We New Yorkers take great pride in having so many cultural activities at hand, and truth to tell, thanks to an ever-growing interest in the arts throughout America, New York isn’t all that unique anymore. Some of our country’s best theater performances take place in other places, and certainly New York has its competition when it comes to “serious” theater.
Still, we do have some special activities, brought about – I would guess – because there is a such critical mass in the area. We have lots of people who will spend money to see a classic or less-popular play, and the current revival of Tom Stoppard’s “Arcadia” is a good case in point.
Returning to Broadway after 16 years or so, this wonderful story connecting modern England to what one commentator refers to as “pseudopastoral” England provides a delightful intellectual journey over the years. Always stimulating, the play tends to keep listeners either on the edge of their seats (so they won’t miss a single reference) or they leave at the intermission. There doesn’t seem to be any “in-between” with respect to Stoppard’s verbiage, and you can see why. He loves words, and when I read a rather tiresome review of this revival a few months back, my first reaction was “This critic doesn’t like language – he doesn’t like words.” (A pretty sad commentary, in fact, about someone who makes his living as a writer.)
The play is great fun, ostensibly about life in 1803 when the landed gentry were changing their landscaped gardens from (their version of) “classical” to something more rustic (and equally artificial), a sort of ersatz “gothic” or “nature”-like form. There is even reference to the great English landscape designer Humphry Repton, complete with a dummied-up prop representing the “before-and-after” book he showed to clients, with pop-up type cutouts demonstrating how the gardens would look when transformed by himself and his workers, except that the cutouts are backwards from the Repton books. (Or, as described by Stoppard in the script: “The sketch book is the work of Mr. Noakes, who is obviously an admirer of Humphry Repton’s ‘Red Books.’ The pages, drawn in watercolours, show ‘before’ and ‘after’ views of the landscape, and the pages are cunningly cut to allow the latter to be superimposed over portions of the former, though Repton did it the other way round.”)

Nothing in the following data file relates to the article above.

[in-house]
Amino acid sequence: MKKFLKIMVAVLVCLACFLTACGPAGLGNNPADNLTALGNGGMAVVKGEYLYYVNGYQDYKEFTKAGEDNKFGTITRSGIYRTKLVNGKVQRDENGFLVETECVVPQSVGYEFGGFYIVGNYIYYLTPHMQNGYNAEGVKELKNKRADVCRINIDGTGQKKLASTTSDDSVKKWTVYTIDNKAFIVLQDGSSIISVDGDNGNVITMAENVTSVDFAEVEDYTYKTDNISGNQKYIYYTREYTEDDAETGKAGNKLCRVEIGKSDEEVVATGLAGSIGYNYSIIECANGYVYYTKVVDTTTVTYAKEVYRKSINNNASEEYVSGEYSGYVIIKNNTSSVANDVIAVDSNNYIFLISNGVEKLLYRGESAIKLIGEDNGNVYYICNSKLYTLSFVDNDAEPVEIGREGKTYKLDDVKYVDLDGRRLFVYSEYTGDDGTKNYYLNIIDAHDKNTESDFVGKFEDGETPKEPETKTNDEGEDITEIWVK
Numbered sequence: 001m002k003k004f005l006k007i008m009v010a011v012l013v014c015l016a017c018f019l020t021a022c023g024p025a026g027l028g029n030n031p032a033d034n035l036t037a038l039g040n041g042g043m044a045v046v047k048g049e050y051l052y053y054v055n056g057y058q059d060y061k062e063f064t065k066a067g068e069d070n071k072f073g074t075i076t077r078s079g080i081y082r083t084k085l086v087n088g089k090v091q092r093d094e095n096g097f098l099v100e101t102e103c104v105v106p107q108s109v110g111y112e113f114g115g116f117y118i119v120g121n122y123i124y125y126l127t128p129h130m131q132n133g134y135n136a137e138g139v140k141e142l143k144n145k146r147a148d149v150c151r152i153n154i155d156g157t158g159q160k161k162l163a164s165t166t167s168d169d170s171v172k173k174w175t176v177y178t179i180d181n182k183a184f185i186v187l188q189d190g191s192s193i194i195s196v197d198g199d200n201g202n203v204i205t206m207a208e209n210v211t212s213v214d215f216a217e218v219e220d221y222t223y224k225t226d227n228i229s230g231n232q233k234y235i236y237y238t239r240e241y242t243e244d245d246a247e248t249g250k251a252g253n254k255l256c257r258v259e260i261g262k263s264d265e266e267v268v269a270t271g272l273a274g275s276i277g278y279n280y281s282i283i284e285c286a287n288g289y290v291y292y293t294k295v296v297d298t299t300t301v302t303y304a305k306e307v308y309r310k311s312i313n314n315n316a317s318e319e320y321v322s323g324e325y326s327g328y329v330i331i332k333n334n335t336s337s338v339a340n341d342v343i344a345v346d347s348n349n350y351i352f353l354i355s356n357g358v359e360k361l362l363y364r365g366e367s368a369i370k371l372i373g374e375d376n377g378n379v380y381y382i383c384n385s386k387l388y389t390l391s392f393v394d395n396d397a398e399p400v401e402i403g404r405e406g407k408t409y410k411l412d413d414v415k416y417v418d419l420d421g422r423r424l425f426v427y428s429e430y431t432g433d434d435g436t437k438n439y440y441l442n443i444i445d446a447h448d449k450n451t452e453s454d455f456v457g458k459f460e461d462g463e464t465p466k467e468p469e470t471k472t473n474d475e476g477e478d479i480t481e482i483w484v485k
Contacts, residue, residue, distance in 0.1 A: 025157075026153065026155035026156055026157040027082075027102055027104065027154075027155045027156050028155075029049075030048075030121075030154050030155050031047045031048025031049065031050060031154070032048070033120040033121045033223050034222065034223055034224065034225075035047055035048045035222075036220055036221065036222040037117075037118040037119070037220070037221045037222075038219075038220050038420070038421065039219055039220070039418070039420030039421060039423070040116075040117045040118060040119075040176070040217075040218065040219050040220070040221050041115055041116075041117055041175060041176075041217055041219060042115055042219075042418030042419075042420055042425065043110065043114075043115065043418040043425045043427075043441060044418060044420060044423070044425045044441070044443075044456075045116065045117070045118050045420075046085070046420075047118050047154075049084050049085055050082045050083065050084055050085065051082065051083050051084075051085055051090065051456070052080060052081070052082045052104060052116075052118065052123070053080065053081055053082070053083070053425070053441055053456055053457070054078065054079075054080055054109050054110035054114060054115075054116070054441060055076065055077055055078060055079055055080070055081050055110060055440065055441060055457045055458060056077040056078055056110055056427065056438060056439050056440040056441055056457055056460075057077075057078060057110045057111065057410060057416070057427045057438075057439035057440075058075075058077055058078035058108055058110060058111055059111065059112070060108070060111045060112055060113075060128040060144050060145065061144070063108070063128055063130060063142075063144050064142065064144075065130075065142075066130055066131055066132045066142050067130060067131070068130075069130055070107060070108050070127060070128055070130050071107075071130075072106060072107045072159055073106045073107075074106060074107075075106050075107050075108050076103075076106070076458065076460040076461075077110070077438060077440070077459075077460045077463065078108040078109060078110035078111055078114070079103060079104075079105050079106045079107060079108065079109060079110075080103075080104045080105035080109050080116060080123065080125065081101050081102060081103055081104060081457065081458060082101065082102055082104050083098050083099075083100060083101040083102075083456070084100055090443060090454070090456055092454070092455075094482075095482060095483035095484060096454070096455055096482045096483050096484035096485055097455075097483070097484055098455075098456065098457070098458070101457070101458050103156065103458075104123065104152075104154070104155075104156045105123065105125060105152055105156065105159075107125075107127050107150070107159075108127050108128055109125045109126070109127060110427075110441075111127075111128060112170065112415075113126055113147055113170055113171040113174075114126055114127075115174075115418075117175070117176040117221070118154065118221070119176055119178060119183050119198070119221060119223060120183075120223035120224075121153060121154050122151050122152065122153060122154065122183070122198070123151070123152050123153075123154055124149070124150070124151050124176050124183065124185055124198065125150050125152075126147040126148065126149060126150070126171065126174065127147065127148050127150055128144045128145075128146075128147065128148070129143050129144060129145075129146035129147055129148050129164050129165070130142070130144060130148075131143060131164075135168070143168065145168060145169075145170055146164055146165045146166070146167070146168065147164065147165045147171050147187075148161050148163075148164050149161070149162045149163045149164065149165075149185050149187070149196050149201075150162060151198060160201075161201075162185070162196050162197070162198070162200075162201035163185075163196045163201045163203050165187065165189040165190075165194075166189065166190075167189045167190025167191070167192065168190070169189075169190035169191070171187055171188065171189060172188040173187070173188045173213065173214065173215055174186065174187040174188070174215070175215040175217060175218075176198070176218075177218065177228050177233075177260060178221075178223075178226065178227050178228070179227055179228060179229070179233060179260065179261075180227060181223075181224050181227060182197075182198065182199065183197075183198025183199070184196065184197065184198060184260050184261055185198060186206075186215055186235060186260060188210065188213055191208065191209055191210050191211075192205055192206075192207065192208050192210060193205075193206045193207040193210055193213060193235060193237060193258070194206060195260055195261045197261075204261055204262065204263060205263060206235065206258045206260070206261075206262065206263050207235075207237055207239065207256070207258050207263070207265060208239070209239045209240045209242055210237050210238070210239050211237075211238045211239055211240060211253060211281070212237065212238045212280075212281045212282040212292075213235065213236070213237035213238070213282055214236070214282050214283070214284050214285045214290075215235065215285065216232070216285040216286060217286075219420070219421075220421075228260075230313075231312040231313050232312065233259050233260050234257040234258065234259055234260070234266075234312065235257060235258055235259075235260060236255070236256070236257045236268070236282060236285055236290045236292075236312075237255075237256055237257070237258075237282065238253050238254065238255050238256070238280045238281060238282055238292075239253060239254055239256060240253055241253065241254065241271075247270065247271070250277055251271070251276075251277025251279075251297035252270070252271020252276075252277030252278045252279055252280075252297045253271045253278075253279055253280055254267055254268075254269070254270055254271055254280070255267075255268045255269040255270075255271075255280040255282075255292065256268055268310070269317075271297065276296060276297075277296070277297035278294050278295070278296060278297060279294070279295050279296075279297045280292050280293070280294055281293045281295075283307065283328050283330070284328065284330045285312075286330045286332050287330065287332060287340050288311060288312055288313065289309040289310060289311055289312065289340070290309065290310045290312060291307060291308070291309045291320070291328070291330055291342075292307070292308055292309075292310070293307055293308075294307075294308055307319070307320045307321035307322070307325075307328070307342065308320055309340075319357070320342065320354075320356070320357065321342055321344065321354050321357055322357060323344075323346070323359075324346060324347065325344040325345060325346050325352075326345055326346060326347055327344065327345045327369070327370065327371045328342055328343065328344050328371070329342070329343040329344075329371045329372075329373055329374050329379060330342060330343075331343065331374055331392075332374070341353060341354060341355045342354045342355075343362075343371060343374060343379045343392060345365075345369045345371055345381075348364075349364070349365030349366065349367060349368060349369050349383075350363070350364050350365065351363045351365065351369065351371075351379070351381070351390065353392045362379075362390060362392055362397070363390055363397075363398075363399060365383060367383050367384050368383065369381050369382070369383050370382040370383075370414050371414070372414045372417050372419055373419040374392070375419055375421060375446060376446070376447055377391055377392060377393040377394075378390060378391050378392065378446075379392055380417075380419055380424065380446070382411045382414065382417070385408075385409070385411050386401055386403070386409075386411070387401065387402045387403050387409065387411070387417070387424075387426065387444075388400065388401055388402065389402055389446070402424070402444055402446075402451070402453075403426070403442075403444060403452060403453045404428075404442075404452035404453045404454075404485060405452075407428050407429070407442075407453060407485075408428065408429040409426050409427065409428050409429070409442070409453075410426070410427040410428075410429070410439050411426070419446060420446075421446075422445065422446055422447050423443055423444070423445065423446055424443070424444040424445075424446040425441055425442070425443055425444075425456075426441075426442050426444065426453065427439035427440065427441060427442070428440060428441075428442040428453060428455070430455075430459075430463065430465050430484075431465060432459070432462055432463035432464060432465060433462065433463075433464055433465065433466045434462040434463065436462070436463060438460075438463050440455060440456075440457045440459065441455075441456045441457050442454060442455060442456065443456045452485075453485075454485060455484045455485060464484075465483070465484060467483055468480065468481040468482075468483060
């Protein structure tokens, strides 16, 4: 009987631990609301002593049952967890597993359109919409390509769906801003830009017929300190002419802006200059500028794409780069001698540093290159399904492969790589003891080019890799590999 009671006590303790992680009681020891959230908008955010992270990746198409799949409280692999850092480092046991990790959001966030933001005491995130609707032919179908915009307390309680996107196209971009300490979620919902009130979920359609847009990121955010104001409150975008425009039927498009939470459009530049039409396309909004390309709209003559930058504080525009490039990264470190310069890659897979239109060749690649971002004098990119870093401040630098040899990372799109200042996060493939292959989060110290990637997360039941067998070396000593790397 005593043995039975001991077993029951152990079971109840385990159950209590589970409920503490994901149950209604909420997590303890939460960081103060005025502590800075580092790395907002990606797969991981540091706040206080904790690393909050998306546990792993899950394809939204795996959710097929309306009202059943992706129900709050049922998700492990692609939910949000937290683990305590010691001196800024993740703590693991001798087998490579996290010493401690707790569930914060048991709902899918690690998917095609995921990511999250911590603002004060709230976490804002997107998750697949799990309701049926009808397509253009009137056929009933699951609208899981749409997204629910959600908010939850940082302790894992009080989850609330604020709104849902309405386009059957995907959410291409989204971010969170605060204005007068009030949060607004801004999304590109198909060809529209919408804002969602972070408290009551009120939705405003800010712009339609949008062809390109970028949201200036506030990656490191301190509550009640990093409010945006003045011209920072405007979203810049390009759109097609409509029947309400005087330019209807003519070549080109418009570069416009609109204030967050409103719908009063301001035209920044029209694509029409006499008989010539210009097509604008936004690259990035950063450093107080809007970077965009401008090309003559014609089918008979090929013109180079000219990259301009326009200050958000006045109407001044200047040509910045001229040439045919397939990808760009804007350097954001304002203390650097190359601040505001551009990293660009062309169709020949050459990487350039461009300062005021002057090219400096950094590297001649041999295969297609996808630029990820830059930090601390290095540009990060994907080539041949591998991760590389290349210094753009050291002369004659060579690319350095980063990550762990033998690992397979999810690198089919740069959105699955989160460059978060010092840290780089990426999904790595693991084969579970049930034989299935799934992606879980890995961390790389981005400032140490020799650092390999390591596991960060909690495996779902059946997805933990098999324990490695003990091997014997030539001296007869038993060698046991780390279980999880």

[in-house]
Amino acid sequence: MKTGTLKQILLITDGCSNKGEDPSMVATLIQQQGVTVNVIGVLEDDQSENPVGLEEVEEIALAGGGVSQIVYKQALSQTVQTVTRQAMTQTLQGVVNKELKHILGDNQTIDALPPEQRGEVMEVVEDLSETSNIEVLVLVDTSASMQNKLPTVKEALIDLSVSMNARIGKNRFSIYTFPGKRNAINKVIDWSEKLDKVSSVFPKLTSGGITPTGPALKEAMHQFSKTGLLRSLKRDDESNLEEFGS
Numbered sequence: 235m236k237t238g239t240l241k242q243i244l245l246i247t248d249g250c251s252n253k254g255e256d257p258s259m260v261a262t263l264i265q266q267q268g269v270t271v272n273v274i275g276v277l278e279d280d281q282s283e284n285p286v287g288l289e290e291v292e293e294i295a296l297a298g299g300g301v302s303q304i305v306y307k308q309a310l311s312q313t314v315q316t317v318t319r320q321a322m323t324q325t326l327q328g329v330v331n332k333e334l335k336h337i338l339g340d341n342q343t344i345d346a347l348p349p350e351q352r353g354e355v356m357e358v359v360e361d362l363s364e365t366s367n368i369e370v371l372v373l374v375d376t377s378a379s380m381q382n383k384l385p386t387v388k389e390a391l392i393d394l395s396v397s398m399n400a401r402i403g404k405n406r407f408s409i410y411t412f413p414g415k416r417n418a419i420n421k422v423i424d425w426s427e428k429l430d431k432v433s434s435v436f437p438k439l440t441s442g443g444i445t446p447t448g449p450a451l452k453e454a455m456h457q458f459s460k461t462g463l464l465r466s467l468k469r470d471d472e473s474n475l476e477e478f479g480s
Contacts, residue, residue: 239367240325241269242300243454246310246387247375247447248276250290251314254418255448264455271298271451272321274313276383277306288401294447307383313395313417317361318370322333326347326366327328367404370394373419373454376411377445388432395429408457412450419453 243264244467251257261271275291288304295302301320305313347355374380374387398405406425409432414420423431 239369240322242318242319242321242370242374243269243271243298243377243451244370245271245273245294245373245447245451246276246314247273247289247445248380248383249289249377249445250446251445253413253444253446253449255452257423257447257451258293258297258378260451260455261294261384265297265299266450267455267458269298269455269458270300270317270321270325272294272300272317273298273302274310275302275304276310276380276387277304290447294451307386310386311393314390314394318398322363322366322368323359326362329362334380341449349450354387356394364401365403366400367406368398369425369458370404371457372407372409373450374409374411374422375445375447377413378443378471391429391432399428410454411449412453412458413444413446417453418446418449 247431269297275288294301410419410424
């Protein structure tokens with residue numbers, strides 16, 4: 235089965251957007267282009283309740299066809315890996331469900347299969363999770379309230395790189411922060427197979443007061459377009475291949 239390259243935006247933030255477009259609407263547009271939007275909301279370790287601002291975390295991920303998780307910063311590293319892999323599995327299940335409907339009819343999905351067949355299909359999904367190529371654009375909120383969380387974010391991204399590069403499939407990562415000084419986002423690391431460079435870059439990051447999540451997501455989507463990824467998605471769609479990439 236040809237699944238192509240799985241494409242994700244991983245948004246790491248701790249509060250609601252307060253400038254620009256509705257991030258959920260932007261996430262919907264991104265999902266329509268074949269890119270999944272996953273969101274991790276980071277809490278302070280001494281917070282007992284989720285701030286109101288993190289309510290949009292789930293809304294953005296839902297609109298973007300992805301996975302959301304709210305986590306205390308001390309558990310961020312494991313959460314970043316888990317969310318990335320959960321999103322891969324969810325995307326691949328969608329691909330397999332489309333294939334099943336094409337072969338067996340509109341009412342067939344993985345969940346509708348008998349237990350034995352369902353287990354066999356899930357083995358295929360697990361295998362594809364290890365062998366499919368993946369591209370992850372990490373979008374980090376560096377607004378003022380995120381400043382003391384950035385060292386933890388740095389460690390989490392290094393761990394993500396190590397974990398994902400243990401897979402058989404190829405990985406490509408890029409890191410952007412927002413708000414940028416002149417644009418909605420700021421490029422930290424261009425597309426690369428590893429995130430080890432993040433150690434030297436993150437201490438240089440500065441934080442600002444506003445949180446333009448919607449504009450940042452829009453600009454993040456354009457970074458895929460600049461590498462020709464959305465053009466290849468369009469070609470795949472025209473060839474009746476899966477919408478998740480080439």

The early 19th-century scenes in the great house are cleverly contrasted with a second tale – taking place in the same rooms – set in the present, and much of the fun comes from watching the interplay of the two periods of time (and their people), plus trying to figure out the certain mysteries that are sneaked into the dialog.
No matter. Stoppard’s ability to combine good story-telling with magnificent word-play leads to a charming evening, full of fun and puns and silly (and sometimes very serious) references. I always feel like I have had a wonderful time of it whenever I leave one of Stoppard’s plays. I’ve been stretched, so to speak, and that was certainly the case with this revival of “Arcadia.” I saw the play first at London’s famous old Theatre Royal Haymarket back in 1993, the year it opened. It had a wonderful cast, and I loved Felicity Kendal as the leading actress and Rufus Sewell as the young tutor, a role Billy Crudup made famous when he made his Broadway debut in the part. I saw Crudup then, when I saw the play again in New York, and I was delighted to see him back in this revival. This time, thought, he is in a role – the leading man (or one of them) – that is as different as light from day from his role as Septimus Hodge, the tutor.
Sadly, as is often the case with revivals of well-established works, this version of “Arcadia” is a limited run, closing at the end of June. Will I try to go again, for another night of intellectual stimulation and pleasure? We’ll see.